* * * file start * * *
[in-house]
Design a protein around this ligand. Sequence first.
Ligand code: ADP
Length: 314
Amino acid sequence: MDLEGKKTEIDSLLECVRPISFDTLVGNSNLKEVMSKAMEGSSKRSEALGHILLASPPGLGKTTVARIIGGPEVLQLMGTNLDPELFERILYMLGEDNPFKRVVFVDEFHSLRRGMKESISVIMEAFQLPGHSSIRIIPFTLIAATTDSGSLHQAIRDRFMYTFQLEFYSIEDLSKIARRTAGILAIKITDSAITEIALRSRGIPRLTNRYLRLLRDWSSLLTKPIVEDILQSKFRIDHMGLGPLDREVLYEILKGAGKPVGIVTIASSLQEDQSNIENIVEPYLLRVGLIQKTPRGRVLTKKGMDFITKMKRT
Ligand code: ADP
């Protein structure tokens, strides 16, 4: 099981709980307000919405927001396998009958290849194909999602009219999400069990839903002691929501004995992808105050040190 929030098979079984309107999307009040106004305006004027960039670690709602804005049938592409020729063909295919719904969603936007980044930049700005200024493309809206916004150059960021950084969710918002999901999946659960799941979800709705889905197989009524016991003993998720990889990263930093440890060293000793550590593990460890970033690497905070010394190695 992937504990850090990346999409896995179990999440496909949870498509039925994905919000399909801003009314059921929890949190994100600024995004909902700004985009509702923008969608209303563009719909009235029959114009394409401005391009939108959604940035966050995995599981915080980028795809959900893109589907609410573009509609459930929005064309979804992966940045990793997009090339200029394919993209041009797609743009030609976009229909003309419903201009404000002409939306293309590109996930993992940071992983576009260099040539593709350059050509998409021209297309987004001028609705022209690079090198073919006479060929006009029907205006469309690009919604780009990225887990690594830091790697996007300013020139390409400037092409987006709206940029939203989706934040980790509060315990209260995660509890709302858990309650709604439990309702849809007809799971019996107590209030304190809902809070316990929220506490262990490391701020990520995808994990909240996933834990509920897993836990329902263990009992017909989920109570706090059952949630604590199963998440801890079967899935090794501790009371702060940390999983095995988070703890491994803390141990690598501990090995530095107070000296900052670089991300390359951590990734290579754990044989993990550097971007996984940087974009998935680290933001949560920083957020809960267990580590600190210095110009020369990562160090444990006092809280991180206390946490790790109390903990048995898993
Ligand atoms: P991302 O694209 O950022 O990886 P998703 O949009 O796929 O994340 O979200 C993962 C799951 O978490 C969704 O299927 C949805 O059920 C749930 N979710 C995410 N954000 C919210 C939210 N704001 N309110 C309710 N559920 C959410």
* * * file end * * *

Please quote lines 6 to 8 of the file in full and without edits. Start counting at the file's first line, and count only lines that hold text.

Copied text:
Ligand code: ADP
């Protein structure tokens, strides 16, 4: 099981709980307000919405927001396998009958290849194909999602009219999400069990839903002691929501004995992808105050040190 929030098979079984309107999307009040106004305006004027960039670690709602804005049938592409020729063909295919719904969603936007980044930049700005200024493309809206916004150059960021950084969710918002999901999946659960799941979800709705889905197989009524016991003993998720990889990263930093440890060293000793550590593990460890970033690497905070010394190695 992937504990850090990346999409896995179990999440496909949870498509039925994905919000399909801003009314059921929890949190994100600024995004909902700004985009509702923008969608209303563009719909009235029959114009394409401005391009939108959604940035966050995995599981915080980028795809959900893109589907609410573009509609459930929005064309979804992966940045990793997009090339200029394919993209041009797609743009030609976009229909003309419903201009404000002409939306293309590109996930993992940071992983576009260099040539593709350059050509998409021209297309987004001028609705022209690079090198073919006479060929006009029907205006469309690009919604780009990225887990690594830091790697996007300013020139390409400037092409987006709206940029939203989706934040980790509060315990209260995660509890709302858990309650709604439990309702849809007809799971019996107590209030304190809902809070316990929220506490262990490391701020990520995808994990909240996933834990509920897993836990329902263990009992017909989920109570706090059952949630604590199963998440801890079967899935090794501790009371702060940390999983095995988070703890491994803390141990690598501990090995530095107070000296900052670089991300390359951590990734290579754990044989993990550097971007996984940087974009998935680290933001949560920083957020809960267990580590600190210095110009020369990562160090444990006092809280991180206390946490790790109390903990048995898993
Ligand atoms: P991302 O694209 O950022 O990886 P998703 O949009 O796929 O994340 O979200 C993962 C799951 O978490 C969704 O299927 C949805 O059920 C749930 N979710 C995410 N954000 C919210 C939210 N704001 N309110 C309710 N559920 C959410």